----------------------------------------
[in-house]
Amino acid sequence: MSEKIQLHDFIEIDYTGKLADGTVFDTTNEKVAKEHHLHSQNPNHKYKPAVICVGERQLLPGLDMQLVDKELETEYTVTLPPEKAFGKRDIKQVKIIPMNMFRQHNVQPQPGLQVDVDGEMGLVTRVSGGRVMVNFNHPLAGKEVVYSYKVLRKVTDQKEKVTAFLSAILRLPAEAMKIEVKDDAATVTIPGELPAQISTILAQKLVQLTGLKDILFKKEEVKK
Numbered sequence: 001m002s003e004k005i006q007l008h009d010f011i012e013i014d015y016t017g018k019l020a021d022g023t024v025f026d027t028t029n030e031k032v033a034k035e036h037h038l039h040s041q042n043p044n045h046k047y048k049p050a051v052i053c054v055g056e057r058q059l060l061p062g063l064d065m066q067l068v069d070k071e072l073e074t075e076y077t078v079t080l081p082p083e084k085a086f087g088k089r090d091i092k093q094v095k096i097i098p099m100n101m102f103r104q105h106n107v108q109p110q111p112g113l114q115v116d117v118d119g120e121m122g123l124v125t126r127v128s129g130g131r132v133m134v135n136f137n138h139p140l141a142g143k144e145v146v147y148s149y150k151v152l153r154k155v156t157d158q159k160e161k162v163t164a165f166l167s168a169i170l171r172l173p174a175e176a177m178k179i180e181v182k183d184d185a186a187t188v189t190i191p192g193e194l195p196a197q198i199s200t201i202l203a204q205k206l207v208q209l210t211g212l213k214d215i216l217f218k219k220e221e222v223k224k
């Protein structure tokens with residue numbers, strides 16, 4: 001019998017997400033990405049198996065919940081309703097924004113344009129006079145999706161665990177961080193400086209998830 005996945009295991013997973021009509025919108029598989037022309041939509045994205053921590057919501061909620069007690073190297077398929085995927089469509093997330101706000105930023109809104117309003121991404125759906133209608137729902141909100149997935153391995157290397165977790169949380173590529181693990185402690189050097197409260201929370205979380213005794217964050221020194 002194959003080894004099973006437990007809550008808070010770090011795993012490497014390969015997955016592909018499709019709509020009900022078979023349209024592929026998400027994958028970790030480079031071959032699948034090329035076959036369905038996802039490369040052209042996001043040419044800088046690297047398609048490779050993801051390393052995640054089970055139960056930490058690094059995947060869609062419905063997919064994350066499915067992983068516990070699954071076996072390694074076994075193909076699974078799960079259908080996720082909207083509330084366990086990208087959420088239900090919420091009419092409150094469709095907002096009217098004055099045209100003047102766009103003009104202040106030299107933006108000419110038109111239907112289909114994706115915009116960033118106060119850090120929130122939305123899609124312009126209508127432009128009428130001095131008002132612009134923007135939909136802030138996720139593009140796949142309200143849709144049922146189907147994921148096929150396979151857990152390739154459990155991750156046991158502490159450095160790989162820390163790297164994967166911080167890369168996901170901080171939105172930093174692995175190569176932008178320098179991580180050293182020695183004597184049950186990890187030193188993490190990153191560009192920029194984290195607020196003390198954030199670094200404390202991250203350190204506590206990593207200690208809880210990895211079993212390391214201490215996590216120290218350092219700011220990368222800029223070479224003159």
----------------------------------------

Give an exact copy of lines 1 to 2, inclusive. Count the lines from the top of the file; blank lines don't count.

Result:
[in-house]
Amino acid sequence: MSEKIQLHDFIEIDYTGKLADGTVFDTTNEKVAKEHHLHSQNPNHKYKPAVICVGERQLLPGLDMQLVDKELETEYTVTLPPEKAFGKRDIKQVKIIPMNMFRQHNVQPQPGLQVDVDGEMGLVTRVSGGRVMVNFNHPLAGKEVVYSYKVLRKVTDQKEKVTAFLSAILRLPAEAMKIEVKDDAATVTIPGELPAQISTILAQKLVQLTGLKDILFKKEEVKK